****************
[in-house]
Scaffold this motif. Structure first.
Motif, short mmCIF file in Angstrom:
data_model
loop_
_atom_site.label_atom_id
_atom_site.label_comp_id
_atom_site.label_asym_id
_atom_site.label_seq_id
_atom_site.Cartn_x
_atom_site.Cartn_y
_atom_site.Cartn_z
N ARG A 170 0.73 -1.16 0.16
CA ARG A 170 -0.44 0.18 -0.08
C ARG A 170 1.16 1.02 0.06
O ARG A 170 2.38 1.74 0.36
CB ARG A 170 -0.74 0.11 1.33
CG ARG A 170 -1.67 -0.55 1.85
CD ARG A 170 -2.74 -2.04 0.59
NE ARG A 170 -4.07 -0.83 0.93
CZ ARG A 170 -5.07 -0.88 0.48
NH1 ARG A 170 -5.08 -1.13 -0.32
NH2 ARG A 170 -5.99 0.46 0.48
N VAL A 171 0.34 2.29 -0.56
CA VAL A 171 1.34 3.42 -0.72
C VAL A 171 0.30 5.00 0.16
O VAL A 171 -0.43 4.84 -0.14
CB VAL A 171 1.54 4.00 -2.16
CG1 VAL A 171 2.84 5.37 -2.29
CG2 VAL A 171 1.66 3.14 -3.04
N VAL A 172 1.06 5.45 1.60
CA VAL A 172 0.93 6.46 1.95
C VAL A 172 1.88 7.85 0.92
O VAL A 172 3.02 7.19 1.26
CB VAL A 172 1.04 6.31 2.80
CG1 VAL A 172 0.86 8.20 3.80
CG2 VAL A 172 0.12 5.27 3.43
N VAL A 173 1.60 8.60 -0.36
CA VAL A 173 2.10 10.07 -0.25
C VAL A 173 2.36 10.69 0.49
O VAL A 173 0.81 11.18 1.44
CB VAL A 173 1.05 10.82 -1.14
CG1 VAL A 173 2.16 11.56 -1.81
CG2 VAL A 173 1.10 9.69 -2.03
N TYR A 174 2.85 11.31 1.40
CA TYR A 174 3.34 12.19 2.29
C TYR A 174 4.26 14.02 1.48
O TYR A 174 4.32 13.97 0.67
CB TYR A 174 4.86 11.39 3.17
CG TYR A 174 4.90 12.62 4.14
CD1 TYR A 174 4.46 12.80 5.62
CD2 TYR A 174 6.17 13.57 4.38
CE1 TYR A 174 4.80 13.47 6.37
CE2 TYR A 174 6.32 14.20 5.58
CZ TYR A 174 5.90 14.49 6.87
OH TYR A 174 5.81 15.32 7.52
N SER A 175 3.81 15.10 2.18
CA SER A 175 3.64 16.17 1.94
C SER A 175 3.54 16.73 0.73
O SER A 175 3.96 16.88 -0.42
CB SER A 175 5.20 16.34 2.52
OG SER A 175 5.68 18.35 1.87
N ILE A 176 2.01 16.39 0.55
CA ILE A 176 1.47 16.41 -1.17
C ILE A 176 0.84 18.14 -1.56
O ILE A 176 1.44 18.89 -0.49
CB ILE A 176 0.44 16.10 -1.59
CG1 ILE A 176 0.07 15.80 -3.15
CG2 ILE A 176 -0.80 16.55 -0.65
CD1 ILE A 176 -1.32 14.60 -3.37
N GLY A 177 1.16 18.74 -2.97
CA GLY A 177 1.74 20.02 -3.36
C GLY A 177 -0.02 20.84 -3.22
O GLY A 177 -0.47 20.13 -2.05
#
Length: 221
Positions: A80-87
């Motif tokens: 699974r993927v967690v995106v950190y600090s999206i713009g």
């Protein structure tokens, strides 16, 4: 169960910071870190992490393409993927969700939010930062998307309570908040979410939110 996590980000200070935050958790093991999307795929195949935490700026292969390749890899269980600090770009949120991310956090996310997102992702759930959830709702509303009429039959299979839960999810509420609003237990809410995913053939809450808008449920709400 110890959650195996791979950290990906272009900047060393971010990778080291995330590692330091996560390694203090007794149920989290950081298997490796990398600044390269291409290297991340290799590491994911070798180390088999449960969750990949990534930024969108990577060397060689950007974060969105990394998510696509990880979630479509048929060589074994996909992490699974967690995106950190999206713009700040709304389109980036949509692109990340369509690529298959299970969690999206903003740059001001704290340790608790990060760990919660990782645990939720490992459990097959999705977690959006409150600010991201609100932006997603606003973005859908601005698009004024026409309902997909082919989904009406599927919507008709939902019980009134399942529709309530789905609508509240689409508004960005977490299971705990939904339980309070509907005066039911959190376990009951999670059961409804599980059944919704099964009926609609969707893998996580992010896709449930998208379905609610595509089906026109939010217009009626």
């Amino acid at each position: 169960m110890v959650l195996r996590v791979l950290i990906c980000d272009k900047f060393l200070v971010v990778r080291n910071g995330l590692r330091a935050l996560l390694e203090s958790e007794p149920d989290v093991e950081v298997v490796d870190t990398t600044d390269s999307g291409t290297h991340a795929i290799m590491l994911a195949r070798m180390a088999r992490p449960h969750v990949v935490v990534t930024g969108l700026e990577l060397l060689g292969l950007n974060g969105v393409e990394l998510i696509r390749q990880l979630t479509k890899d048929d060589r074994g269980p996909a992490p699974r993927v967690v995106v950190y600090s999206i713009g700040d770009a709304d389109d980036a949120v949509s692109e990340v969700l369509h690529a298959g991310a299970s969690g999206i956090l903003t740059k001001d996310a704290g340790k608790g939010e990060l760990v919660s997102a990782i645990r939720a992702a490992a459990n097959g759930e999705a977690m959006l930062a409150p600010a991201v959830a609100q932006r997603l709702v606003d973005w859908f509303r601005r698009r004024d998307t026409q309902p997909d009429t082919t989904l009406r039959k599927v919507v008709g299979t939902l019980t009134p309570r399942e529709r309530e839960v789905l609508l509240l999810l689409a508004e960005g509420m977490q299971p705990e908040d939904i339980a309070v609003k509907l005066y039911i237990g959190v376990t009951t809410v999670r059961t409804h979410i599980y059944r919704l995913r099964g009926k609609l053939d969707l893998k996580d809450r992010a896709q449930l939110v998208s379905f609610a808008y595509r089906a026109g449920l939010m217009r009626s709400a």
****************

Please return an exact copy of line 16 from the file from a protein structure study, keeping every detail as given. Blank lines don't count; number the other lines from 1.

O ARG A 170 2.38 1.74 0.36